So many hard-working people are living in poverty. The Joseph Rowntree Foundation found that 56% of people in poverty are working; that represents a rise of 17% from 1998. Additionally, almost 40% of people on universal credit are working. That tells us that our economic model and wage system are fundamentally broken. We are told frequently by the Government that work is the best route out of poverty, as if that is an irrefutable fact, but clearly it is not the case.

Real wages were revised down again on Tuesday and are collectively lower than at the height of the financial crisis in 2008, yet the pay of chief executives of big companies has ballooned. The rich have actually got richer over the years. House prices are up by 150% in some areas of Bolton. Of course, there is also the rise in national insurance for the lowest paid, just to make things even worse for them. We need the Chancellor of the Exchequer to top up universal credit and take it back to the rate that it was at during the pandemic. The removal of the £20 uplift is not only morally bankrupt, but economically illiterate. It affected 14,000 of my constituents, and £20 per week is a lot of money for them.

Another reform that the Government could support is in relation to public transport. Only 30% of households in my constituency have a car and therefore rely on public transport, at significant cost. Thankfully, the Mayor of Greater Manchester has brought the buses into the public sector. As a result, no one will have to pay more than £2 per journey, which will make life so much easier for people. The Government could also quite easily implement a windfall tax on the £31 billion-worth of profits from oil and gas companies—above the ordinary profit that these companies make. That could be used to help to alleviate people’s problems, yet what does the Treasury say? “We’ll give you a £200 loan that you must pay back to us.” That is an insult to our constituents.

Many of my colleagues have today suggested practical steps that the Government could take. Bearing in mind that we are the fourth richest country in the world, we should not have constituents in poverty. I hope that the Minister listens to the suggestions put forward today and acts on them.

Regional Inequalities: Child Poverty

Yasmin Qureshi Excerpts
Wednesday 2nd March 2022

(2 years, 3 months ago)

Westminster Hall
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Yasmin Qureshi Portrait Yasmin Qureshi (Bolton South East) (Lab)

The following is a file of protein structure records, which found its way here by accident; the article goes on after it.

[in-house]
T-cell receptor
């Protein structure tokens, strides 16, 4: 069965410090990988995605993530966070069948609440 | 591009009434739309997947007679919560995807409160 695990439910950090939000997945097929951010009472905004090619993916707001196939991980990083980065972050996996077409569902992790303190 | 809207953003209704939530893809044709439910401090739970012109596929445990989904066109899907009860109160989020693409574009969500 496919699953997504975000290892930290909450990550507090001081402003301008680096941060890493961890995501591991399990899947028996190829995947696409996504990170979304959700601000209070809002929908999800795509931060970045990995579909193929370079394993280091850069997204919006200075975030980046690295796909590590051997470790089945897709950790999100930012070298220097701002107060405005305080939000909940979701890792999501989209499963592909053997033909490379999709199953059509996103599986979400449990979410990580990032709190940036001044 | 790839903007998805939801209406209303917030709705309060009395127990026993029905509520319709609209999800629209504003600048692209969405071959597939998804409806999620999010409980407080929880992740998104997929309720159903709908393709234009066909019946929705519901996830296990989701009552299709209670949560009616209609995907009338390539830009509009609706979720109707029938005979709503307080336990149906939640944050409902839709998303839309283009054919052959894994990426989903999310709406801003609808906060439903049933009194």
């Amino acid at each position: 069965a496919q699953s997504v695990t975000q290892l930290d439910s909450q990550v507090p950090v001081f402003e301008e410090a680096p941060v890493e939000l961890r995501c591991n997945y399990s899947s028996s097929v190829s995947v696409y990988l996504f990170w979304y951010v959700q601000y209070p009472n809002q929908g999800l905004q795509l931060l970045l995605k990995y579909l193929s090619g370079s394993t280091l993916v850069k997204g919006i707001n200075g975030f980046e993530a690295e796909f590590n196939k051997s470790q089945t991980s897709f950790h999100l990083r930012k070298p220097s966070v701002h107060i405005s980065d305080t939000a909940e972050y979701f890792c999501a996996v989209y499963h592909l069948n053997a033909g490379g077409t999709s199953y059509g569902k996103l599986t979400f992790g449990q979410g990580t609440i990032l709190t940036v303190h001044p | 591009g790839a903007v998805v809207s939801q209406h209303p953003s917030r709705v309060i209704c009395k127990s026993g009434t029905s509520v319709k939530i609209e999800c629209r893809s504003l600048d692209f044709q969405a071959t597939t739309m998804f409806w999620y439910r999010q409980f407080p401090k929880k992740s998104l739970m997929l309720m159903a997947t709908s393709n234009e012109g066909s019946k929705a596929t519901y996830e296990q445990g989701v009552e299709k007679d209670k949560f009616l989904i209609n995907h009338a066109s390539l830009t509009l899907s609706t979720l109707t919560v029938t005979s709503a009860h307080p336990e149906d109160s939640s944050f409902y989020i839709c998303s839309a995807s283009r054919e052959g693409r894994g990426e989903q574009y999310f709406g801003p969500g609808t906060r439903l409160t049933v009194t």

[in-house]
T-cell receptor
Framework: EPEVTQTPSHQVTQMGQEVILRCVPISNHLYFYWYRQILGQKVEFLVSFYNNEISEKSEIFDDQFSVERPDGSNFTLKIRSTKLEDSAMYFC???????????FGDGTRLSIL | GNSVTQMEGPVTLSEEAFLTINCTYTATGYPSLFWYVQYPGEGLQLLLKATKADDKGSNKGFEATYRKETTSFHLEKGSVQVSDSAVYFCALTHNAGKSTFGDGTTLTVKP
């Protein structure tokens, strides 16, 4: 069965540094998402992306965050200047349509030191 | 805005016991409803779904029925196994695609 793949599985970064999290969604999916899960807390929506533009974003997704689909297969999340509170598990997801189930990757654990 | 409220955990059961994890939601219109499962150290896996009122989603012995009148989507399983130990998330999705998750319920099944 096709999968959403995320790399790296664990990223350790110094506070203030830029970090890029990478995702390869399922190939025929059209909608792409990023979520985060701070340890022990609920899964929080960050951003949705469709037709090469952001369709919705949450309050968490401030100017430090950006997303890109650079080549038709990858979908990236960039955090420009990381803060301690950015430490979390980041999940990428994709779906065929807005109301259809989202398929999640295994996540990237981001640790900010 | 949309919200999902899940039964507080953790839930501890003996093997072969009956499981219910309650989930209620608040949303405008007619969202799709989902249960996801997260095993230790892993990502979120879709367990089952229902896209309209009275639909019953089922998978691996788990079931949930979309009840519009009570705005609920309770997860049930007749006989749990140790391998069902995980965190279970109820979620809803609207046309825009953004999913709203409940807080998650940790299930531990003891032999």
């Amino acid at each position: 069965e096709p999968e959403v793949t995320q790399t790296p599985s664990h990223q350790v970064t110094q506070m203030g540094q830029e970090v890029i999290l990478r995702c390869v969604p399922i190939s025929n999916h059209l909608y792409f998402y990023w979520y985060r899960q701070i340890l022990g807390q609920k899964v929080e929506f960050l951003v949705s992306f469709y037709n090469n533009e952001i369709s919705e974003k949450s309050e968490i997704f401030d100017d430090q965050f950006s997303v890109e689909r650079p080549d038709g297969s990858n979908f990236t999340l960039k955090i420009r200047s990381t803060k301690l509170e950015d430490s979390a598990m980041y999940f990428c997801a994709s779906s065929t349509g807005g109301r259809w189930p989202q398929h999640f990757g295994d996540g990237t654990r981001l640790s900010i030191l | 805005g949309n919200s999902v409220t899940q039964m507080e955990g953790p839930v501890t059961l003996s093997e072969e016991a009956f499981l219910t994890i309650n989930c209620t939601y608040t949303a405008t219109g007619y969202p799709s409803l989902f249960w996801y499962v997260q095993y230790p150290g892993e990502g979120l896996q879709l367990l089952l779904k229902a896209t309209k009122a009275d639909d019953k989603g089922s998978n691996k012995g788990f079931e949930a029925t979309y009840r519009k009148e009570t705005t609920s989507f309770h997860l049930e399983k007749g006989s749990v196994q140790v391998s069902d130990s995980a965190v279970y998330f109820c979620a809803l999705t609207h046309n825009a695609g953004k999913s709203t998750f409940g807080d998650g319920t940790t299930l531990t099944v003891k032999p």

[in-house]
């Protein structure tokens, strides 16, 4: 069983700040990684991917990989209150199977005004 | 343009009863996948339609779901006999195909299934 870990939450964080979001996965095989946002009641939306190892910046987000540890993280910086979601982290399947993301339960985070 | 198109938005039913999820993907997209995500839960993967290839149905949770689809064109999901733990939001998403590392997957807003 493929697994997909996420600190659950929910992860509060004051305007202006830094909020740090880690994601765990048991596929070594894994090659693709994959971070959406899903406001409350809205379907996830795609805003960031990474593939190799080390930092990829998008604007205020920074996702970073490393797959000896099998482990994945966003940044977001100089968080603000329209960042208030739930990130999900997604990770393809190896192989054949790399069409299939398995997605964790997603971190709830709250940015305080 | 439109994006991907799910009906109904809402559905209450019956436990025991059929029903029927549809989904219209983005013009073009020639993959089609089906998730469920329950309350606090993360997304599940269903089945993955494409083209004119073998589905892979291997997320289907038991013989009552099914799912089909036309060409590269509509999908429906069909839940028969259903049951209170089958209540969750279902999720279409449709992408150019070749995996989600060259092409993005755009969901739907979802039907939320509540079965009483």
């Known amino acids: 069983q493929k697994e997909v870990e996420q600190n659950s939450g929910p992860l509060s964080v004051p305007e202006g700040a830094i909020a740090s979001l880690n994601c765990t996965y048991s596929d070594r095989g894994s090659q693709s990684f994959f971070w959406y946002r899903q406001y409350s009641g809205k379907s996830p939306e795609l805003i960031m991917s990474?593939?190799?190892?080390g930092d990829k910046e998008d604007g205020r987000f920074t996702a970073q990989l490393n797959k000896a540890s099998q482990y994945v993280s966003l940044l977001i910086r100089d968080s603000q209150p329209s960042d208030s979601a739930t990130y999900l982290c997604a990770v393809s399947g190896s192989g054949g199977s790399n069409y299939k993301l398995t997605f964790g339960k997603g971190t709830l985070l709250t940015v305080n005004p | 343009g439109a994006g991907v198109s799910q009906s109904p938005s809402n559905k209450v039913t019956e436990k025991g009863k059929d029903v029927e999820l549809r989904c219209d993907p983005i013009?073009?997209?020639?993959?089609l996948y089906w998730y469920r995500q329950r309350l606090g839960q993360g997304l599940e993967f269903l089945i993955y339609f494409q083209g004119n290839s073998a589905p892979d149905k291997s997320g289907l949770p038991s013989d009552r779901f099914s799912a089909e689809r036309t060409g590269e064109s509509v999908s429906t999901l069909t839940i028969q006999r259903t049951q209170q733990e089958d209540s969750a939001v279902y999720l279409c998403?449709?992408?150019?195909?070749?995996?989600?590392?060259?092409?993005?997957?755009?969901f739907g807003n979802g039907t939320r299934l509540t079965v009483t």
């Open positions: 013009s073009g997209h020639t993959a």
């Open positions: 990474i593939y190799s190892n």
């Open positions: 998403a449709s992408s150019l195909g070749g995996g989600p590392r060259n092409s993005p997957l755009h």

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It is a pleasure to serve under your chairmanship, Dr Huq. I thank my hon. Friend the Member for Blaydon (Liz Twist) for securing today’s important debate. There are 4.3 million children living in poverty in the UK, with more than half a million in the north-west alone. In my constituency of Bolton South East, two of the postcodes have 50% child poverty, and one in three children in our country are raised in poverty; yet we are the fifth-richest country in the world.

The previous Labour Government took 1.1 million children out of poverty. We now have a situation where a generation of children have had their life chances damaged by poverty. With the rise in the cost of living, including energy costs, the situation is only going to get worse and bleaker for them. There are a number of things that the Government can do, even now, that could make life easier for those children and their families, to take them out of poverty. I received an email from a constituent who said that children do not have to go hungry when they go to school or wear the same uniform for three years in a row.

First, the Government could return universal credit to the level it was under covid. That change has impacted 14,000 of my constituents. They could reintroduce the education maintenance allowance, which the Labour Government introduced for 16 to 18-year-olds. That allowed them to continue in education because that money paid towards bus fares, food and books. We also need more proper social housing. Children and families in poverty often live in squalid and overcrowded accommodation with no heating, where children have to share a room with three or four people.

Instead, the Government have come up with a crazy plan to give households a £200 rebate that has to be returned, to help with energy prices. The scheme will probably cost more than the money given out, which is plain ridiculous. There is a very good option available: tax the energy companies on their unexpected windfall profits, which would raise about £32 billion to help people in real ways. Yet the Government refuse to do that.

I was dismayed to read last week of the Government plan not to give loans to people who do not have GCSEs in maths and English. How does having a maths GCSE help in a degree such as sociology, history, social sciences or management? The vice-chancellor of the University of Bolton told me last week that that will stop children getting into universities. It will also reduce the numbers in universities such as Bolton, which serve particularly vulnerable and marginalised communities.

When the Government talk about levelling up, I am not sure what levelling up they are doing. I am hoping that the Minister has listened to me and colleagues about the actions that could be taken immediately to assist those families.

Disability Benefits Assessments

Yasmin Qureshi Excerpts
Tuesday 1st February 2022

(2 years, 4 months ago)

Westminster Hall
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Yasmin Qureshi Portrait Yasmin Qureshi (Bolton South East) (Lab)